Private William Bradley

This is part of a series of essays about the First World War casualties commemorated by the Commonwealth War Graves Commission in Rhode Island.

The grave of Private William Bradley
The grave of Private William Bradley

William Bradley was born on 30 August 1891 in Bingley, Yorkshire, where his mother worked in a mill. He and his mother emigrated to the United States on 28 July 1904; they landed in Boston and settled initially in Lawrence, Massachusetts. In October 1904 his mother married Henry Morville Holmes, who had also emigrated from Bingley, and sometime in the next few years the family moved to Providence, Rhode Island.[1] Willie Bradley became a chauffeur and on 27 March 1915 he married Margaret Anne Farrell; the couple had two children—a son, William, and a daughter, Margaret; their daughter died as an infant.[2]

Bradley enlisted on 19 July 1918 in Providence and soon afterwards joined the Canadian Army Service Corps Depot at Ottawa, Ontario, where he was allocated the regimental number 2688553. On 2 September 1918 he was posted for service with the Canadian Siberian Expeditionary Force. This force—a small brigade—had been authorized in August 1918 for service in North Russia in support of the White Russian, anti-Bolshevik forces. The movement of the troop trains carrying the men of the Force westward would be a significant factor in the spread of influenza throughout Canada.[3]

In late September 1918, Private Bradley began his journey to Russia but on 1 October influenza broke out on the troop train carrying him and men of the Siberian Expeditionary Force through British Columbia to New Westminster. The train was quarantined at Port Coquitlam and nearby, in an attempt to contain the disease, a hospital—swiftly named Coquitlam Military Isolation Hospital—was established in ‘Aggie Hall’. Alongside the Agricultural Hall a tented camp was erected in the park grounds to quarantine the troops. Private Bradley was admitted to the hospital on the day it opened, 3 October, suffering from influenza. He developed pneumonia and died at 11.00am on 12 October 1918. His was the second of 34 deaths here in the autumn of 1918.[4]

Private Bradley was buried in Mountain View Cemetery, Vancouver at 2.00pm on 15 October. Subsequently, his remains were returned to Rhode Island and reinterred in Pocasset Cemetery, Cranston on 5 April 1919. His grave—Plat 7, Group L, Grave 3139—is in the most northerly section of the cemetery alongside North Main Avenue in a section where the majority of graves are marked only by small stone markers with a grave number. At his grave is a flag holder inscribed ‘British Canadian Great War Veterans’. This social and commemorative organisation was formed in 1920 by men from North Providence who had served with the British armed forces or in the Canadian Expeditionary Force. Bradley’s mother and step-father are also buried in this cemetery.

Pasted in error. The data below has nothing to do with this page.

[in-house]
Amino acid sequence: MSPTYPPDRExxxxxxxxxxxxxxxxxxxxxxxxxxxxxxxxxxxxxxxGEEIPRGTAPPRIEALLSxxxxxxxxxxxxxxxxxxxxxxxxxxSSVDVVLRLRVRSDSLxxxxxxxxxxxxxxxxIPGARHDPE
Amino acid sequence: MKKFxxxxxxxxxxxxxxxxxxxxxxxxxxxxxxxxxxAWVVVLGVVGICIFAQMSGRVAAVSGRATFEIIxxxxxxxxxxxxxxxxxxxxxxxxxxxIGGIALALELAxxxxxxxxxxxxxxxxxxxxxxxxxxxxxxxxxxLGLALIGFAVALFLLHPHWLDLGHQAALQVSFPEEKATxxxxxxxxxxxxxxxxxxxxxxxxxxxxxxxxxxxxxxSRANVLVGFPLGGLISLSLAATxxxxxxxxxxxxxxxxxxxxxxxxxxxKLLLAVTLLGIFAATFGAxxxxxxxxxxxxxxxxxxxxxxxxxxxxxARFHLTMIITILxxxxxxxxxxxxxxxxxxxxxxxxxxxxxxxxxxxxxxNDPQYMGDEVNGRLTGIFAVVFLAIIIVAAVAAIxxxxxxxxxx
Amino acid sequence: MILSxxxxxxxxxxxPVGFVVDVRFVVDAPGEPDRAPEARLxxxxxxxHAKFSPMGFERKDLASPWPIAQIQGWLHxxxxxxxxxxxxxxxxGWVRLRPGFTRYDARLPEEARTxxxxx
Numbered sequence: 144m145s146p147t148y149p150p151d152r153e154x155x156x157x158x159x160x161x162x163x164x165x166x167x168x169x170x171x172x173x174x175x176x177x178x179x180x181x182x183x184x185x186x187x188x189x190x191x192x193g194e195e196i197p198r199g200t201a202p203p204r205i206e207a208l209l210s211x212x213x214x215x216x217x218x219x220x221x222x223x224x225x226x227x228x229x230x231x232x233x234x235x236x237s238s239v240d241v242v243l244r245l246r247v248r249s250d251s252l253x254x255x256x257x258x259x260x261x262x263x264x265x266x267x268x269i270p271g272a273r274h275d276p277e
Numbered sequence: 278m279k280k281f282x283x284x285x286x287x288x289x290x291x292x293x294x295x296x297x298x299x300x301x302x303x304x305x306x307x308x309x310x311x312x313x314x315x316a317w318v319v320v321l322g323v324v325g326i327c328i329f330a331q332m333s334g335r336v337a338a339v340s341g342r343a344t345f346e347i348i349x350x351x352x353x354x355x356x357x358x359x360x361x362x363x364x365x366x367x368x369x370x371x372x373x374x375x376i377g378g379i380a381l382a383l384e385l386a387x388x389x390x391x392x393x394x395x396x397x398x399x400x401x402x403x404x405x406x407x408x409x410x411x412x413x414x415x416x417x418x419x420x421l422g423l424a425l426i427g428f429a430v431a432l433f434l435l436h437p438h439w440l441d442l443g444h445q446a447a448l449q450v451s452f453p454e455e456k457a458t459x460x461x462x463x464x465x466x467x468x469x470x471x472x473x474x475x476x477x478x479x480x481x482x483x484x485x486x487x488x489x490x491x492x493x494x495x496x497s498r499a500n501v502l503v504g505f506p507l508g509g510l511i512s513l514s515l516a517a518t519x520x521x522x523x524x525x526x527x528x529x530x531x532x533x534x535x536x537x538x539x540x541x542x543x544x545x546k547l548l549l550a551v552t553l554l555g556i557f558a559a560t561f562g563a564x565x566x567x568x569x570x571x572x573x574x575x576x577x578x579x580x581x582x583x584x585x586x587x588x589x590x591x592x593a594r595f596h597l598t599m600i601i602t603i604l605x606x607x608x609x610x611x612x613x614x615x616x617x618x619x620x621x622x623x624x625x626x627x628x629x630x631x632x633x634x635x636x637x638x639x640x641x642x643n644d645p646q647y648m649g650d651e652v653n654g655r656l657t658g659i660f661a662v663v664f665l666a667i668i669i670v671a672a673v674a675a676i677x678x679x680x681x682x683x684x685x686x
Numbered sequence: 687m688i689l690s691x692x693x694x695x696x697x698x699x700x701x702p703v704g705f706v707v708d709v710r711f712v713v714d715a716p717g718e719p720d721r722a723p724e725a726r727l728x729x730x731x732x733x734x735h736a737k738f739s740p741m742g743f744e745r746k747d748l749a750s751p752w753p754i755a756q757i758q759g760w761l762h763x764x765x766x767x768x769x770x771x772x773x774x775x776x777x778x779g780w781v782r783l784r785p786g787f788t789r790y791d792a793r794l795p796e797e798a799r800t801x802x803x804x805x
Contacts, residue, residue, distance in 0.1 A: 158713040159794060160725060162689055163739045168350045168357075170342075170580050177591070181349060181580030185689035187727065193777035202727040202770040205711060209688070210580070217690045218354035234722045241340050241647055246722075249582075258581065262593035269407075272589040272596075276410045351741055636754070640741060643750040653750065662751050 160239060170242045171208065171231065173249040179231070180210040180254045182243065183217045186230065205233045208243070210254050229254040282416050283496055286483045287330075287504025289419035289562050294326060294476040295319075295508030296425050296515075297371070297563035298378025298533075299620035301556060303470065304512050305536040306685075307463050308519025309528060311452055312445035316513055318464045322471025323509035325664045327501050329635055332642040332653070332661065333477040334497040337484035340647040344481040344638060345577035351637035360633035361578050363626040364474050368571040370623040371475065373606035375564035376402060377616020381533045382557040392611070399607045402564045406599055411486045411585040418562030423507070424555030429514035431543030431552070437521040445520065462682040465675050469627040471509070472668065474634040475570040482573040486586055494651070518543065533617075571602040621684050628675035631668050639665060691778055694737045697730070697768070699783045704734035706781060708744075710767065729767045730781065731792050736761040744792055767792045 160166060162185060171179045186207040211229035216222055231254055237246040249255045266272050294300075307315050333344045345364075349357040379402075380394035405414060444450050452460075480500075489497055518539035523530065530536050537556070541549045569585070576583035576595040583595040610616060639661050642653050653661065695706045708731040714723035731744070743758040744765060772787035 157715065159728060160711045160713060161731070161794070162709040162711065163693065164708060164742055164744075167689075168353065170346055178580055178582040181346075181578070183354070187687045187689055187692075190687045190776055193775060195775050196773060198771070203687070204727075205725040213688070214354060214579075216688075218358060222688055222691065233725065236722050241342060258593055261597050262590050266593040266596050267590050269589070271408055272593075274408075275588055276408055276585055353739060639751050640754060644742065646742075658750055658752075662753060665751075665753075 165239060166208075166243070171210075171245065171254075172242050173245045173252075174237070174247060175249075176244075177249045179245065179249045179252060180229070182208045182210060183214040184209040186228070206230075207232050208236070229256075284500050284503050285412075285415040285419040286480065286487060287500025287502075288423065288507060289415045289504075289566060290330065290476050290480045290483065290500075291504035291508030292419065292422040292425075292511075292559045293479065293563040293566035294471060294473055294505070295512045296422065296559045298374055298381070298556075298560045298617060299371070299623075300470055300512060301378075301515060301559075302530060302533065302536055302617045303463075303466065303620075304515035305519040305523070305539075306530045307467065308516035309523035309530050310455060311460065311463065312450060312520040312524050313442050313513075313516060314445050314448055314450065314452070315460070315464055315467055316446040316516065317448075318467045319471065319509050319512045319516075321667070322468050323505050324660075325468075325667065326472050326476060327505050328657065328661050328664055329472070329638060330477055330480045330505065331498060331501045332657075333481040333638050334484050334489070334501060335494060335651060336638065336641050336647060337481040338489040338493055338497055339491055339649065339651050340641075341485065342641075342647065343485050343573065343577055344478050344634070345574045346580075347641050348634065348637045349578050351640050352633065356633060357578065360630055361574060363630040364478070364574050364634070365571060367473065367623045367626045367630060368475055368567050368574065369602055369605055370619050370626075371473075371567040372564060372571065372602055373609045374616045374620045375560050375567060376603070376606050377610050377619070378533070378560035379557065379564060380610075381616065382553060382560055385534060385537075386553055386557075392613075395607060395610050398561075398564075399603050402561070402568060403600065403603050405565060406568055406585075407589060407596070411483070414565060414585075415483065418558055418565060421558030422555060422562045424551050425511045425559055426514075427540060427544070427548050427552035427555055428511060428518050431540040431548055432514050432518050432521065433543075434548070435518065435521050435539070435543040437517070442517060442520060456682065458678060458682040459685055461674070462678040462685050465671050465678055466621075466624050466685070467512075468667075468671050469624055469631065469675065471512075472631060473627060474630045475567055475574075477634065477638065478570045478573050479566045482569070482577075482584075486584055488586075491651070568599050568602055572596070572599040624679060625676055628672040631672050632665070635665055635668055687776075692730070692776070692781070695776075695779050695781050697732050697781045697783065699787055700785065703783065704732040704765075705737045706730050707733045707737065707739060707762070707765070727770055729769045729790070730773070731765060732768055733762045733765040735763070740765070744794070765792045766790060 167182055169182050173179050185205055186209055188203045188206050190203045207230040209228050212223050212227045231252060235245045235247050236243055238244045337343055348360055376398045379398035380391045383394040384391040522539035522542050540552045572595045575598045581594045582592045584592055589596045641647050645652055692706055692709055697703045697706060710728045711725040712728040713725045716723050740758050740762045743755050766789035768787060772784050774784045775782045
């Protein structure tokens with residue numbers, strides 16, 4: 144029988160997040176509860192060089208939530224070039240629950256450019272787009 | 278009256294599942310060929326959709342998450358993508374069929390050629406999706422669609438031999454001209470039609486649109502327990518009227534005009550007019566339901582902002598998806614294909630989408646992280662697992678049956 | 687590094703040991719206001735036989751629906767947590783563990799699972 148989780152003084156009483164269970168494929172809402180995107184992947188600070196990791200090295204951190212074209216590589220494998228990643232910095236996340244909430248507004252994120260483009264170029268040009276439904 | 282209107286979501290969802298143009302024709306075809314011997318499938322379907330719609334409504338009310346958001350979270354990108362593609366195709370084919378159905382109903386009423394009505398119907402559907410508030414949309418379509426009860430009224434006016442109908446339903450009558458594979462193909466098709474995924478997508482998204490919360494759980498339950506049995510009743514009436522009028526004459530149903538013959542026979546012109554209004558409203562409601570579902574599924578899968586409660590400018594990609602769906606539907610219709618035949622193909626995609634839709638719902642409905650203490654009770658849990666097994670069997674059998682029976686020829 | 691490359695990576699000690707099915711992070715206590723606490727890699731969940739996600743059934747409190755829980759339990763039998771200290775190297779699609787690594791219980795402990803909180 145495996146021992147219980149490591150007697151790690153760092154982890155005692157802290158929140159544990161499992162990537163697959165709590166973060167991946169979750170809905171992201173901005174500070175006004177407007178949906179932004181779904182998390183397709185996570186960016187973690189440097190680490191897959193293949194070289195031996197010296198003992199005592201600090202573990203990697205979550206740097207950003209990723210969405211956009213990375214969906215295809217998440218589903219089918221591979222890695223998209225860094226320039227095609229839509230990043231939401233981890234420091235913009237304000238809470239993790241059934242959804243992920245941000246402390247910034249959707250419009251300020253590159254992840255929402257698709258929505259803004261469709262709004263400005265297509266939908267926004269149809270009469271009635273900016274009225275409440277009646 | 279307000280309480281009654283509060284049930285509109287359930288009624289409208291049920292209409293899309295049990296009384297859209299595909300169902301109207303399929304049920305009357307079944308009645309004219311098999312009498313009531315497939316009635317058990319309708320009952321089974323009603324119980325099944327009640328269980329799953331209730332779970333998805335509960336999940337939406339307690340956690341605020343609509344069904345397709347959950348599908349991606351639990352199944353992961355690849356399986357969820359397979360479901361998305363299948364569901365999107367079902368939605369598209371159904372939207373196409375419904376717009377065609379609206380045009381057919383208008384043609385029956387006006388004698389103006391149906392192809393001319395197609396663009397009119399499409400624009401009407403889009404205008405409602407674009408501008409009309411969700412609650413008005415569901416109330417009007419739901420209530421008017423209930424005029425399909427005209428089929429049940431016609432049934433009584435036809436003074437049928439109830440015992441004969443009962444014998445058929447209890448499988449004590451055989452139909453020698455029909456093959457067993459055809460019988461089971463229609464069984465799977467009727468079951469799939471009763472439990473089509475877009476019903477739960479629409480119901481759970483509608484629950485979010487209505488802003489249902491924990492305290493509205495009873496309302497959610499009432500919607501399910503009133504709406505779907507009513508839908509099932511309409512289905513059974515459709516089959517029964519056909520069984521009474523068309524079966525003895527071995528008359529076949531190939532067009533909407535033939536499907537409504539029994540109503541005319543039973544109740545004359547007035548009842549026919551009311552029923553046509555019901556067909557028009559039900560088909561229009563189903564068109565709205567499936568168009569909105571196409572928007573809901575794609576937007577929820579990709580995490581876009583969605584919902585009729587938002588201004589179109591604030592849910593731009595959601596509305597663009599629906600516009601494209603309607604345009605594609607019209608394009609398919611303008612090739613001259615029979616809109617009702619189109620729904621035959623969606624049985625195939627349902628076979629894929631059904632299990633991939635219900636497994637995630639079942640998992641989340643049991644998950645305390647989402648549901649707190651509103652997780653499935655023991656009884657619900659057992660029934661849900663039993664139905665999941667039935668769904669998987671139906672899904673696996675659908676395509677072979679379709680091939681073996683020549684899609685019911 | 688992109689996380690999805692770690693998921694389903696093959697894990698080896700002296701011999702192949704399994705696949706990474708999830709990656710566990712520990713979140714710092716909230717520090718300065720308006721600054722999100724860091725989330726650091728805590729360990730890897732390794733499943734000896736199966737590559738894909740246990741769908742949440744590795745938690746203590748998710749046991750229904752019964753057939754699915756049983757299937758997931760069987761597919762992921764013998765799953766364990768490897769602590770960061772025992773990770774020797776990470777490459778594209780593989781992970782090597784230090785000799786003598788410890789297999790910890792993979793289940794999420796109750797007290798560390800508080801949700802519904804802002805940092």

The Canadian Book of Remembrance showing the entry for Private William Bradley
The Canadian Book of Remembrance showing the entry for Private William Bradley

Private Bradley is commemorated on on page 373 of the Canadian First World War Book of Remembrance; that page is displayed on 14 August. He is also commemorated on the North Providence War Memorial. He was not entitled to any war medals; the memorial plaque and scroll were sent to his widow and his mother received the Memorial Cross.

1. (Back) Fanny Bradley (12 January 1872-17 June 1952), married Henry Morville Holmes (22 July 1856-18 May 1928) on 29 October 1904, in Lawrence, Massachusetts. Holmes, a widower (his wife, Alice née Clark, died in 1902), had emigrated to the United States on 19 October 1904; he was a weaving loom fixer and also from Bingley.
2. (Back) Margaret Anne Bradley (née  Farrell) (1883-13 July 1937): William F. (3 February 1916-8 May 1983); and Margaret L. (11 May 1917-23 November 1918). A third child, a daughter, was stillborn on 28 May 1918. Margaret Anne Farrell also had a daughter prior to her marriage, Mary (1910-5 March 1938).
3. (Back) For more detail on this see: Humphries, M O. (2005). The Horror at Home: The Canadian Military and the “Great” Influenza Pandemic of 1918. Journal of the Canadian Historical Association/Revue de la Société historique du Canada. Volume 16, No 1, 2005, pp 235-260.
4. (Back) Of these, 33 were military personnel and one was a nurse working in the hospital. The hospital closed on 13 November 1918. See Coquitlam History.

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